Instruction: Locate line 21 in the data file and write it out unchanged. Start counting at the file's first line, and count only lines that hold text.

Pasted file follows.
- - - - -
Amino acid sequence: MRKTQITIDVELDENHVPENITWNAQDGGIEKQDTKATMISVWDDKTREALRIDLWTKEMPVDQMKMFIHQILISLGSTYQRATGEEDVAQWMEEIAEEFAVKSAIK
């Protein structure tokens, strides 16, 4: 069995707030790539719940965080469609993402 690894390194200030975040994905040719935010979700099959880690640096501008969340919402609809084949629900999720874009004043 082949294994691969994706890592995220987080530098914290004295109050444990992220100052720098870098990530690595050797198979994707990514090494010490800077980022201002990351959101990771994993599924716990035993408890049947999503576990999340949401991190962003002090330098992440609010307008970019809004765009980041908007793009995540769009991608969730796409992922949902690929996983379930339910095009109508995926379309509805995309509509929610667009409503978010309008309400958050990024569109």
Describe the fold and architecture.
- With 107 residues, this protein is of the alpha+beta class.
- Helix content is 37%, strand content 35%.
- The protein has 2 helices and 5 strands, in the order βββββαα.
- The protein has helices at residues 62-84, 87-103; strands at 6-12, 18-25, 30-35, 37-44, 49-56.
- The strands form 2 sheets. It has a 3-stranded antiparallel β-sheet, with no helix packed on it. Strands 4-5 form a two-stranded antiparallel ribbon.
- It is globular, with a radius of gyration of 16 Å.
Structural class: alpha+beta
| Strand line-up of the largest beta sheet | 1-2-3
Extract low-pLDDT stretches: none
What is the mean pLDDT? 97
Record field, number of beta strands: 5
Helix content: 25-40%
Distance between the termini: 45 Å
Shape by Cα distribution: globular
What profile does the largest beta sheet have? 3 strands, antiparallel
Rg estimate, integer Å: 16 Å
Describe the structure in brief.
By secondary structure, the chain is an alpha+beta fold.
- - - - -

By secondary structure, the chain is an alpha+beta fold.